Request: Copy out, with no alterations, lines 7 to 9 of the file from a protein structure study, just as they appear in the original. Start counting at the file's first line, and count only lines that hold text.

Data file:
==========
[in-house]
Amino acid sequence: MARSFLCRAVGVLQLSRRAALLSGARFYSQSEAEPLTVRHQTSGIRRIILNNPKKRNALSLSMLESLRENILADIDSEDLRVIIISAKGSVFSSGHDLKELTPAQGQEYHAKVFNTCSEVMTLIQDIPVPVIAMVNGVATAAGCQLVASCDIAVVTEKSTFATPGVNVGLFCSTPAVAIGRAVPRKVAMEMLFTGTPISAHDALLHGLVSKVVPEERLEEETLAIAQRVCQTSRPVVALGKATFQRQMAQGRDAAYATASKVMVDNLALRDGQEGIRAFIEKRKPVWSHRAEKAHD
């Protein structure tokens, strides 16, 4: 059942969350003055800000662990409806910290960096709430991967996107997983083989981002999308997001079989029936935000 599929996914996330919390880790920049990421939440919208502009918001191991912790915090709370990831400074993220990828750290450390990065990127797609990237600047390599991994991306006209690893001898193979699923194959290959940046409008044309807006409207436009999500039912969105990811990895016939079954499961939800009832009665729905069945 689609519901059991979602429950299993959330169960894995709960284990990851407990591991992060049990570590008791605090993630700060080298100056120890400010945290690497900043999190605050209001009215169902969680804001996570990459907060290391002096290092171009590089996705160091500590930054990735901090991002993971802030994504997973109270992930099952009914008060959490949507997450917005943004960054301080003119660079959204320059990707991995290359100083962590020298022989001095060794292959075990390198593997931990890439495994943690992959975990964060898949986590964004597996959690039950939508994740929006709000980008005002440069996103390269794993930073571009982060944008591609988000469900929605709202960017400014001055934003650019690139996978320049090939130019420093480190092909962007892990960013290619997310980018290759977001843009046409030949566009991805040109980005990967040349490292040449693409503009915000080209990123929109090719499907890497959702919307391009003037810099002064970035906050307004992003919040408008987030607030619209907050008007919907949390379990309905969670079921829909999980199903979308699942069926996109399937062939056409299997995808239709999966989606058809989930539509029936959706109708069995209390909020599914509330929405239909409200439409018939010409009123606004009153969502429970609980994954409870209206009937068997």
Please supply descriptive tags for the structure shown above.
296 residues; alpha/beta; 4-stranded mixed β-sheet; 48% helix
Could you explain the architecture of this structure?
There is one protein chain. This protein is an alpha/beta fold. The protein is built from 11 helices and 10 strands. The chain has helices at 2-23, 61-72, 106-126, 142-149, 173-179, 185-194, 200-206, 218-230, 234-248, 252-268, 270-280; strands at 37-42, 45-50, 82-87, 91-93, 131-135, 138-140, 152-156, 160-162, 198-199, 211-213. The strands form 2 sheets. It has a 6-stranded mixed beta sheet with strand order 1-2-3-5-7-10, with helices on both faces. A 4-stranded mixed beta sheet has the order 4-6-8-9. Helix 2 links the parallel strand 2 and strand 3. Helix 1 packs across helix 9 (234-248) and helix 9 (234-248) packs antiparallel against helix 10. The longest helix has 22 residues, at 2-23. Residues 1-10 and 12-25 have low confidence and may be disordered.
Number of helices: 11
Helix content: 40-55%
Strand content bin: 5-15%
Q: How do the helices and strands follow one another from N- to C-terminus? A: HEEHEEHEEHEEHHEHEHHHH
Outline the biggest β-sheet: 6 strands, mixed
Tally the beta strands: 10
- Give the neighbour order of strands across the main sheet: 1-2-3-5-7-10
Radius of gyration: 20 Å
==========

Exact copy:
There is one protein chain. This protein is an alpha/beta fold. The protein is built from 11 helices and 10 strands. The chain has helices at 2-23, 61-72, 106-126, 142-149, 173-179, 185-194, 200-206, 218-230, 234-248, 252-268, 270-280; strands at 37-42, 45-50, 82-87, 91-93, 131-135, 138-140, 152-156, 160-162, 198-199, 211-213. The strands form 2 sheets. It has a 6-stranded mixed beta sheet with strand order 1-2-3-5-7-10, with helices on both faces. A 4-stranded mixed beta sheet has the order 4-6-8-9. Helix 2 links the parallel strand 2 and strand 3. Helix 1 packs across helix 9 (234-248) and helix 9 (234-248) packs antiparallel against helix 10. The longest helix has 22 residues, at 2-23. Residues 1-10 and 12-25 have low confidence and may be disordered.
Number of helices: 11
Helix content: 40-55%